Create a HashingEstimator, which hashes the data from the column specified in inputColumnName to a new column: outputColumnName.

public static Microsoft.ML.Transforms.HashingEstimator Hash (this Microsoft.ML.TransformsCatalog.ConversionTransforms catalog, string outputColumnName, string inputColumnName = default, int numberOfBits = 31, int maximumNumberOfInverts = 0);
static member Hash : Microsoft.ML.TransformsCatalog.ConversionTransforms * string * string * int * int -> Microsoft.ML.Transforms.HashingEstimator
<Extension()>
Public Function Hash (catalog As TransformsCatalog.ConversionTransforms, outputColumnName As String, Optional inputColumnName As String = Nothing, Optional numberOfBits As Integer = 31, Optional maximumNumberOfInverts As Integer = 0) As HashingEstimator

#### Parameters

catalog
TransformsCatalog.ConversionTransforms

The conversion transform's catalog.

outputColumnName
String

Name of the column resulting from the transformation of inputColumnName. This column's data type will be a vector of keys, or a scalar of key based on whether the input column data types are vectors or scalars.

inputColumnName
String

Name of the column whose data will be hashed. If set to null, the value of the outputColumnName will be used as source. This estimator operates over vectors or scalars of text, numeric, boolean, key or DataViewRowId data types.

numberOfBits
Int32

Number of bits to hash into. Must be between 1 and 31, inclusive.

maximumNumberOfInverts
Int32

During hashing we construct mappings between original values and the produced hash values. Text representation of original values are stored in the slot names of the annotations for the new column.Hashing, as such, can map many initial values to one. maximumNumberOfInvertsSpecifies the upper bound of the number of distinct input values mapping to a hash that should be retained. 0 does not retain any input values. -1 retains all input values mapping to each hash.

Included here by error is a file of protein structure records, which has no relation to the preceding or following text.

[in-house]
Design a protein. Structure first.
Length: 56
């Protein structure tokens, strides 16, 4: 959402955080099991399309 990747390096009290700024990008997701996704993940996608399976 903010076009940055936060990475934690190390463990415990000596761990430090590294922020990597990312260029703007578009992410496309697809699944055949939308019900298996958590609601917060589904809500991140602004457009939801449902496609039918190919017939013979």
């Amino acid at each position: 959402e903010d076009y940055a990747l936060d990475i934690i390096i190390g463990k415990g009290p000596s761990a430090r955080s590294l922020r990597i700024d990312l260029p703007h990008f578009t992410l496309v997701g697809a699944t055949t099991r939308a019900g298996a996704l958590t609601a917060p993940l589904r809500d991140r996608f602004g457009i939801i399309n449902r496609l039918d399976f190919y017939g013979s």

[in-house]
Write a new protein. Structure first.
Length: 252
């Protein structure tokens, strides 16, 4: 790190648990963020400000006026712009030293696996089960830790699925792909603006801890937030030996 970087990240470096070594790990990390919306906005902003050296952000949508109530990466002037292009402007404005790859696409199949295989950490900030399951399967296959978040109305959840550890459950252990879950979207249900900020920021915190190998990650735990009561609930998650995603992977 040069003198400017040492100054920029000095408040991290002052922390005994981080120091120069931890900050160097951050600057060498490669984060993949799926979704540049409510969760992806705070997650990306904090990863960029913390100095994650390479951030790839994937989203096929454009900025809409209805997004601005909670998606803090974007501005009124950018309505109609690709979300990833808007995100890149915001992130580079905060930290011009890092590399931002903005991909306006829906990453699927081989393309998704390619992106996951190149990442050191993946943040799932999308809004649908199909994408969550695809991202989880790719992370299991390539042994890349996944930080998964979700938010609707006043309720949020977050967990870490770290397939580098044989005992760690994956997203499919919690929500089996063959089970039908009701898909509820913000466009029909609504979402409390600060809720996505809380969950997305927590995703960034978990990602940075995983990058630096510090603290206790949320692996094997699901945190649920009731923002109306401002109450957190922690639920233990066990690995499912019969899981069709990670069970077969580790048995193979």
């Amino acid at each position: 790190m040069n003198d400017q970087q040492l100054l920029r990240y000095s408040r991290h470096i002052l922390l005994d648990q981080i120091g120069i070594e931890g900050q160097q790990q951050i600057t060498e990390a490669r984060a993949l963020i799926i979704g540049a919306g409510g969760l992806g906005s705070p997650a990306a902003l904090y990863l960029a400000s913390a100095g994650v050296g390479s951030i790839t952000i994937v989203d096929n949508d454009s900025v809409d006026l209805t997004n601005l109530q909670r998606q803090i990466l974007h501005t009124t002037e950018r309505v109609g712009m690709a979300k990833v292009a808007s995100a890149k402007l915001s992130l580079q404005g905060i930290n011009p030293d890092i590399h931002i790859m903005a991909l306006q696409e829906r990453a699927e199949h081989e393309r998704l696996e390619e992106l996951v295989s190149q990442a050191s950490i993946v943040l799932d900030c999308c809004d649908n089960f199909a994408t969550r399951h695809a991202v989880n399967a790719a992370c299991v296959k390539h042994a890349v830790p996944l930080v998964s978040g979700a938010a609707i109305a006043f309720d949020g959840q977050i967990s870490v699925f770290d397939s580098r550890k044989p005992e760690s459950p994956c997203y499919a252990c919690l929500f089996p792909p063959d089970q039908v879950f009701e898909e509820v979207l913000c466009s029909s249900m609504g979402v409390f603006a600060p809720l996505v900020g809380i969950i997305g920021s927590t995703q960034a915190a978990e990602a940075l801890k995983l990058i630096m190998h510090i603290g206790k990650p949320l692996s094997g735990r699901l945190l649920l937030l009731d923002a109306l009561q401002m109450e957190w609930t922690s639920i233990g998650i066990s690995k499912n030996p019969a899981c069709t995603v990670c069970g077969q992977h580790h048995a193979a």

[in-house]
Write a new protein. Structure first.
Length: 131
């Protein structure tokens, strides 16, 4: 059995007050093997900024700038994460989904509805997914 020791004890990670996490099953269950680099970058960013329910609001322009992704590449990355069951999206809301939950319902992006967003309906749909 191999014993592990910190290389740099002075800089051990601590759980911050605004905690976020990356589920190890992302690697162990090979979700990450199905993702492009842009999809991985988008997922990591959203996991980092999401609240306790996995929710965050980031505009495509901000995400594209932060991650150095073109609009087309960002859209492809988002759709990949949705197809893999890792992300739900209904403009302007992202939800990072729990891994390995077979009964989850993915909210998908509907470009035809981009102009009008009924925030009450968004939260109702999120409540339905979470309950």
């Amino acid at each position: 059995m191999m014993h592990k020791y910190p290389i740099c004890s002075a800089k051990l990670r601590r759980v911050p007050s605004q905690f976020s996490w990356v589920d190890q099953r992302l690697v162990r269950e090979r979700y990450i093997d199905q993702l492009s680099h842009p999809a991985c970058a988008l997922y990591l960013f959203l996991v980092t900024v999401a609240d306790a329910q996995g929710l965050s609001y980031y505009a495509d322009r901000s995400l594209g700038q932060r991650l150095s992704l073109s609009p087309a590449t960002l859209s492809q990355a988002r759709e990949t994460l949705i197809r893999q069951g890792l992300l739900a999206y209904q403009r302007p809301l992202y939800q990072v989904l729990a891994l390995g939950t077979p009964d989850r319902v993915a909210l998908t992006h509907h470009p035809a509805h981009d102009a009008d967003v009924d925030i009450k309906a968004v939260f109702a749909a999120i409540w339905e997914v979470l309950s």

HashingEstimator

### Examples

using System;
using Microsoft.ML;
using Microsoft.ML.Data;

namespace Samples.Dynamic
{
// This example demonstrates hashing of categorical string and integer data types.
public static class Hash
{
public static void Example()
{
// Create a new ML context, for ML.NET operations. It can be used for
// exception tracking and logging, as well as the source of randomness.
var mlContext = new MLContext(seed: 1);

// Get a small dataset as an IEnumerable.
var rawData = new[] {
new DataPoint() { Category = "MLB" , Age = 18 },
new DataPoint() { Category = "NFL" , Age = 14 },
new DataPoint() { Category = "NFL" , Age = 15 },
new DataPoint() { Category = "MLB" , Age = 18 },
new DataPoint() { Category = "MLS" , Age = 14 },
};

// Construct the pipeline that would hash the two columns and store the
// results in new columns. The first transform hashes the string column
// and the second transform hashes the integer column.
//